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'Celebrate' disability

Shayal Devi
Monday, November 27, 2017

DESPITE numerous strides made towards achieving equal rights for all, it is no secret that persons with disabilities continue to face discrimination in many facets of life.

Globally, persons with disabilities number about one billion. Out of this number, about 80 per cent live in developing countries.

And according to Assistant Minister for Women, Children and Poverty Alleviation Veena Bhatnagar, 10 per cent of the Fijian population is made up of persons living with disabilities.

Last week, citizens in Ba marked International Day for Persons with Disabilities, an event that has been commemorated globally since 1992.

Ms Bhatnagar said while people with disabilities contributed immensely to the community, many times they were abused verbally and physically and discriminated against.

"These persons are equally entitled to constitutional equality and human rights and we are here to especially celebrate these rights that persons with special needs are entitled to," she said.

"Persons with disabilities, 'the world's largest minority', have generally poorer health, lower education achievements, fewer economic opportunities and higher rates of poverty than people without disabilities.

"This is largely due to the lack of services available to them, like information and communications technology, justice or transportation and the many obstacles they face in their everyday lives."

Children with disabilities are at a higher risk of violence. Ms Bhatnagar said children with disabilities were almost four times more likely to experience violence than those without disabilities.

"Adults with some form of disability are 1.5 times more likely to be a victim of violence than those without a disability and adults with mental health conditions are at nearly four times the risk of experiencing violence.

"Factors which place people with disabilities at a higher risk of violence include stigma, discrimination and ignorance about disability as well as a lack of social support for those who care for them."

Such barriers, Ms Bhatnagar said, were a detriment to society as a whole and accessibility was necessary to achieve progress and development for all.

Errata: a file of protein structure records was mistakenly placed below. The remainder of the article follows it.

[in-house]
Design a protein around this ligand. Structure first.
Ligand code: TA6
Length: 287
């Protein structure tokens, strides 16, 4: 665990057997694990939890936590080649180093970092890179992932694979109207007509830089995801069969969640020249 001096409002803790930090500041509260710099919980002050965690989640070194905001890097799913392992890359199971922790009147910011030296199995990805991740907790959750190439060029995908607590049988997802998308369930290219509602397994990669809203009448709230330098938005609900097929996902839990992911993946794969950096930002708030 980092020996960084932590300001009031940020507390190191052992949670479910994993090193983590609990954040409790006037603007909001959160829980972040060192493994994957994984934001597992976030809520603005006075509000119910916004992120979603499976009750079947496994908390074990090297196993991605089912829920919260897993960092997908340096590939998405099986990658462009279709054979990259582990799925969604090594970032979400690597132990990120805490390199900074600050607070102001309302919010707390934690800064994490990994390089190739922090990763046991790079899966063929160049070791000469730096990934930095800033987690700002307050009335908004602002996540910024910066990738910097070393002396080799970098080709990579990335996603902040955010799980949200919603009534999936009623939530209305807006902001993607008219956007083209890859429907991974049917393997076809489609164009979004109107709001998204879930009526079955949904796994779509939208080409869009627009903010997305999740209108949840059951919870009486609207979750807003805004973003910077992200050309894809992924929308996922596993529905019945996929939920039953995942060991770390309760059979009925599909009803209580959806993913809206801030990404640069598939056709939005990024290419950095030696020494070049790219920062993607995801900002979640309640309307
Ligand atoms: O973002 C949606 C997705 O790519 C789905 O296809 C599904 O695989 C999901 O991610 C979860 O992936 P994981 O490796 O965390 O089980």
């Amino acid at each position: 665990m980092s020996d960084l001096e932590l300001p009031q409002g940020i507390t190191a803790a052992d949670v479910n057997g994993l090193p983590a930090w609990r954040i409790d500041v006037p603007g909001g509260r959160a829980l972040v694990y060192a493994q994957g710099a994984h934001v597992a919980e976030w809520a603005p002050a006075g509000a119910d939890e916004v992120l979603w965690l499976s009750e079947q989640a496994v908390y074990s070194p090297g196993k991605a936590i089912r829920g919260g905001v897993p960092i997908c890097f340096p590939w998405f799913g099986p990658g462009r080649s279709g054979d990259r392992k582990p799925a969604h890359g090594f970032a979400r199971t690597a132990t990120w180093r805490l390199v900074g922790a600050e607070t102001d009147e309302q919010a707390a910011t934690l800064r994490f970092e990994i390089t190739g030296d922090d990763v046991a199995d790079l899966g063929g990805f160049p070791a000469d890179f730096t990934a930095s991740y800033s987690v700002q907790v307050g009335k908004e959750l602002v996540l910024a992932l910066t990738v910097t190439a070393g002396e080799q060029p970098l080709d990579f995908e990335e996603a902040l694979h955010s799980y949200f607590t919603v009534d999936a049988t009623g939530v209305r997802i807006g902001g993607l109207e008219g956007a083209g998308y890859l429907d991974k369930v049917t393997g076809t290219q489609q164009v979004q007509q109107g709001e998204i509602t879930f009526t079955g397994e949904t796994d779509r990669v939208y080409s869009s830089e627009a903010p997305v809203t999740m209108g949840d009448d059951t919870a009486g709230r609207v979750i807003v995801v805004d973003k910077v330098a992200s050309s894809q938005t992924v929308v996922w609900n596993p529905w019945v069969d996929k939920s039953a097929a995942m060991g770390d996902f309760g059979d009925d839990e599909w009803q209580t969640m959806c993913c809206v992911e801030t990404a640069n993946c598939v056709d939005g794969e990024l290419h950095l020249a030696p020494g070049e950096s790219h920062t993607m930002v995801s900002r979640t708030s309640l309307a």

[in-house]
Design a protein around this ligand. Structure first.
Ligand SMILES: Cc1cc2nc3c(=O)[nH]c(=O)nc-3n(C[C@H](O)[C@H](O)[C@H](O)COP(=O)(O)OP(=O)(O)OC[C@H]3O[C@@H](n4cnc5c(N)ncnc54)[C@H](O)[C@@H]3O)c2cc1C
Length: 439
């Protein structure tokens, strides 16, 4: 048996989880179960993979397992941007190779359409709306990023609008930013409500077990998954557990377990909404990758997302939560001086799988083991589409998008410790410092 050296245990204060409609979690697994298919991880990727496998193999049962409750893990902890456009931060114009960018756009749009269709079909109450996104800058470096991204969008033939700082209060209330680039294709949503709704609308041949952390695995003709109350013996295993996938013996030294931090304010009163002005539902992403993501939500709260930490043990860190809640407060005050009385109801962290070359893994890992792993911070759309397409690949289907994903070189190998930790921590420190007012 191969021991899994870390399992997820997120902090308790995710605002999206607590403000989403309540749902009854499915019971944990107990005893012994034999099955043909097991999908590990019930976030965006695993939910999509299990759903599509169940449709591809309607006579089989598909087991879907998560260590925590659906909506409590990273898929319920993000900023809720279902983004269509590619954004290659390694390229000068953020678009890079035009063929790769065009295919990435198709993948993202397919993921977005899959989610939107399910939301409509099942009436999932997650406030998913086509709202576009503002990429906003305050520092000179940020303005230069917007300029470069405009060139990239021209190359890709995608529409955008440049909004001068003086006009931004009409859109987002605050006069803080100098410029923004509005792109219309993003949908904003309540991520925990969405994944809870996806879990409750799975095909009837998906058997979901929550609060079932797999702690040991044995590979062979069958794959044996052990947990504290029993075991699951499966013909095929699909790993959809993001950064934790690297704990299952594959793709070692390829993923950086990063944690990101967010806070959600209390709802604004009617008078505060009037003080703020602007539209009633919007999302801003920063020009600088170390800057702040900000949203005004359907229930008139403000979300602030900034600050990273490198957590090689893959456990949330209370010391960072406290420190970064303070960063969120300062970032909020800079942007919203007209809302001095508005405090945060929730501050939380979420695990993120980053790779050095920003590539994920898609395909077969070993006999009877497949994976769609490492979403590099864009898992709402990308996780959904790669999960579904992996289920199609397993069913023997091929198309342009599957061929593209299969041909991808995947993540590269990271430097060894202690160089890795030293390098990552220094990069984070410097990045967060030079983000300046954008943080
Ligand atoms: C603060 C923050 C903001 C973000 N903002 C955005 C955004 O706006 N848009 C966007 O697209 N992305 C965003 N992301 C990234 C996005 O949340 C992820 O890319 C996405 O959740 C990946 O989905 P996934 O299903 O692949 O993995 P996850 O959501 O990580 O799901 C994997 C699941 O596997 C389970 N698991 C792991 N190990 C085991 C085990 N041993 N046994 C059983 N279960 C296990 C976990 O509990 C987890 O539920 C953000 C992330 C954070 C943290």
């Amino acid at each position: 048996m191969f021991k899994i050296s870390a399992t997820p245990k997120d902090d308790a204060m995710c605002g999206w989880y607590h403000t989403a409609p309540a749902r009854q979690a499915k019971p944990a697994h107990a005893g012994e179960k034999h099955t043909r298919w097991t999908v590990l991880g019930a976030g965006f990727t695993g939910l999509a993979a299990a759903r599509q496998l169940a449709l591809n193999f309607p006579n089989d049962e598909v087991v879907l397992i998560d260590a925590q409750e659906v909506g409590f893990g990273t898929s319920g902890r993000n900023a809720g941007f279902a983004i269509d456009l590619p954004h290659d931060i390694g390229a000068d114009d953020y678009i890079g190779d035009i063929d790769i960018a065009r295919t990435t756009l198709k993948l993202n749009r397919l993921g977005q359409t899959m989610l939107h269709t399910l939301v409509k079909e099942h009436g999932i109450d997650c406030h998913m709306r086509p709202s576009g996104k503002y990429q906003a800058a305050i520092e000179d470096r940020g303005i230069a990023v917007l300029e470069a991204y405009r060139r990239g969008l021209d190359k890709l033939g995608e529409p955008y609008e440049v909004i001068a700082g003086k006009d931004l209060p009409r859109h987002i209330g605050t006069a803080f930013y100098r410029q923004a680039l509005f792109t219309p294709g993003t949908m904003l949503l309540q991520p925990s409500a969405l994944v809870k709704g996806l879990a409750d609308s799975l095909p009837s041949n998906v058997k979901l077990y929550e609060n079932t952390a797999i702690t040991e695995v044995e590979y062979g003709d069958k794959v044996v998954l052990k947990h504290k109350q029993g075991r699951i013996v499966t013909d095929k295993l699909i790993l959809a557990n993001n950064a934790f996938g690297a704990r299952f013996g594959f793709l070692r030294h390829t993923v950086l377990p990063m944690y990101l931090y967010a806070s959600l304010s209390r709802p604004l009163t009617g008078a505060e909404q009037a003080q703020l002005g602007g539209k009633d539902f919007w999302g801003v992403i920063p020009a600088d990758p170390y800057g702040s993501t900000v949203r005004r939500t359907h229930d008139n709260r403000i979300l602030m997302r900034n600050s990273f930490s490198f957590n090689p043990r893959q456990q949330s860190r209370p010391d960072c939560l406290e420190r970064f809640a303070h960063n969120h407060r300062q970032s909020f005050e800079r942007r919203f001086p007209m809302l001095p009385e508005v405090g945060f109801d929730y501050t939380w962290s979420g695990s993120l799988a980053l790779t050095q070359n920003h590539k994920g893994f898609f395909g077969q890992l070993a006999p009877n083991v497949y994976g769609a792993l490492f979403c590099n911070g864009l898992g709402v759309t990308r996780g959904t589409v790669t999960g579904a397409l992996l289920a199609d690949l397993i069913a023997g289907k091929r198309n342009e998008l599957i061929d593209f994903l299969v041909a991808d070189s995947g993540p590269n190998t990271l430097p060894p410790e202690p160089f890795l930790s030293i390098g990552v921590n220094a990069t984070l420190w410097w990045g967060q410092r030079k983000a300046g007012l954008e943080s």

Recognising this, she said Government had initiatives aimed at empowering and supporting Fijians with special needs.

"Fiji recently deposited with the United Nations Treaty Office our instrument of ratification to the Convention on the Rights of Persons with Disabilities and the new Rights of Persons with Disabilities Bill that is aligned to the convention is currently with the relevant parliamentary standing committee for review.

"To ensure compliance and implementation of the convention and the Bill once enacted, the Fiji National Council for Disabled Persons has been allocated funding of $1.2 million, an increase of over $700,000.

"Also, Government has allocated an estimated budget of $7m as a separate allowance for persons with permanent disabilities, providing a monthly allowance of $90 per person."

She said the disability allowance scheme could be accessed through any social welfare office. A total of $1.1m was also provided as grants to disability provider organisations serving disabled persons.

About $500,000 was also allocated to construct a Western Disability Centre similar to a facility in Labasa. A 300 per cent tax deduction on wages paid to employees with disabilities is also in place as well as bus fare subsidies for persons with disabilities.

"Additionally, $120,000 has been allocated to promote participation of disabled persons in sporting activities. Government has provided funding to the Fiji Roads Authority (FRA) to ensure that new roads and footpaths are disabled-friendly and provide easy access.

"Apart from this, we have made a separate allocation of $500,000 to FRA to retrofit existing footpaths, starting within the municipalities.

"Furthermore, Government has also allocated $850,000 in this budget to the Frank Hilton Organisation to detect disabilities in very young children and then intervene with appropriate therapies.

"The organisation's speech therapists, audiologists, physical therapists and counsellors are widely respected for the outstanding work they do in diagnosing, treating disabilities and in working closely with families to help them adapt to raising children with special needs."

Ms Bhatnagar also said Fiji was in the process to ratify the Convention on the Rights of Persons with Disabilities, which recognised that the existence of barriers constituted a central component of disability.

Under the convention, disability was an evolving concept that "resulted from the interaction between persons with impairments and attitudinal and environmental barriers that hindered their full and effective participation in society on an equal basis with others".

She said the creation of an inclusive environment could not be achieved by Government alone.

"Every Fijian must take responsibility for how they treat others, especially those who need a little help, a little understanding and compassion to enjoy their rights. We need to look out for our loved ones with disabilities because change begins from home."

The theme for this year's event is "Transformation towards sustainable and resilient society for all".








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